In case you’re wondering what this post is all about – it’s about our life over the last few months. Whenever we think we’re settling down to a routine and I make a resolution to write more regularly, something comes up that turns things upside down.
In August, José
started a fever that turned out to be cerebral malaria (Plasmodium falciparum
). Having had an uncle in a coma a few years back with this same illness, I was scared. I’m still not used to Mumbai
and the thought of hospitalizing José
and running back and forth on my own, plus taking care of Pablo
was a bit too much. I asked my brother, Marc, to come down from Hyderabad to help. He came and although José
didn’t need hospitalization, Marc was big help and having him around made things so much easier for us. Constant calls with advice from the two medical professionals in our family – Ann, our sister-in-law and Maria, our cousin – were most helpful too.
With José almost recovered, Pablo decided in September to chase a wasp! Half an hour later, he just keeled over and seemed to be having a heart attack – he went blue and stopped breathing. I thought we had lost him, but his eyes kept moving. We rushed him to the vet and while we were there realized that it was an allergic reaction to the wasp bite. Poor fellow was out of sorts for a few days and I kept having recalls of the incident…..scary!
Life seemed to settle in to a routine for the rest of September. I started a yoga class, which I really enjoy. I started travelling on my own to town (quite an achievement for me in this city!) and enjoying the use of the British Library.
However, early on 3rd October morning we got the very sad news of my cousin’s tragic death. She was only 38 years old and in the prime of life and her business career. The family was devastated and it was only natural that I go to Hyderabad to be there for her funeral. More about her in another post.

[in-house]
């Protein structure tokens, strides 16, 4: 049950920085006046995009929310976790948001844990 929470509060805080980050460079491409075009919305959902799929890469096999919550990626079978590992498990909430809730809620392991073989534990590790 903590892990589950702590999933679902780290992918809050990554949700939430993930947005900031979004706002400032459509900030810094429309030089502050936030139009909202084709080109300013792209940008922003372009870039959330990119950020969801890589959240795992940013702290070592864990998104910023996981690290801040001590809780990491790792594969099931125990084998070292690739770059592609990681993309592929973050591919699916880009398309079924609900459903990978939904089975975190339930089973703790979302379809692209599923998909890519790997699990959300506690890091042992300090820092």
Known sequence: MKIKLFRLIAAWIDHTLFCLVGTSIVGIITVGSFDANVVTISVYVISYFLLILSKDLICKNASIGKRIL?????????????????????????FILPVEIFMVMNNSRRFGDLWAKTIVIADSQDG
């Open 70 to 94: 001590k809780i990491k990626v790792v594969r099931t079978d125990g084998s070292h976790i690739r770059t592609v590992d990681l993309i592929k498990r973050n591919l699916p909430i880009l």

While in Hyderabad, I started a fever – but was determined to come back to Mumbai
birthday and also because he had plans to go to Igatpuri
for a Vipassana
weekend. He had been planning this for a couple of months. I came back alright, but the fact that my fever turned out to be malaria (Plasmodium Vivax
) put paid to all his plans!
Now if you think this is a tale of woes – it’s not meant to be so at all. In fact, through all these times and experiences, I’ve never been more conscious of God’s loving presence in our lives. The overriding feeling in me has been one of gratitude – for the life we have, our relationship, our family, the many people who make our life easier – doctors, vets, our maid, our dhobi
, delivery men from medical stores and our friendly neighborhood grocer…….the list is endless.
I’m grateful too for all I’ve learnt during these months – patience, humility, trust, faith and just going with the flow. The words of this poem of Jalal–ud-Din Rumi’s ring so true for us :
This being human is a guest house.
Every morning a new arrival.
A joy, a depression, a meanness,
some momentary awareness comes
as an unexpected visitor.
Welcome and entertain all!
Even if they’re a crowd of sorrows,
who violently sweep your house
empty of its furniture,
still, treat each guest honorably.
He may be clearing you out
for some new delight.
The dark thought, the shame, the malice,
meet them at the door laughing,
and invite them in.
Be grateful for whomever comes,
because each has been sent
as a guide from beyond.
So we’re treating each ‘guest’ honorably and being grateful for every experience, sure in the knowledge, that each has been sent to teach us something about ourselves, about love, about faith and about life.
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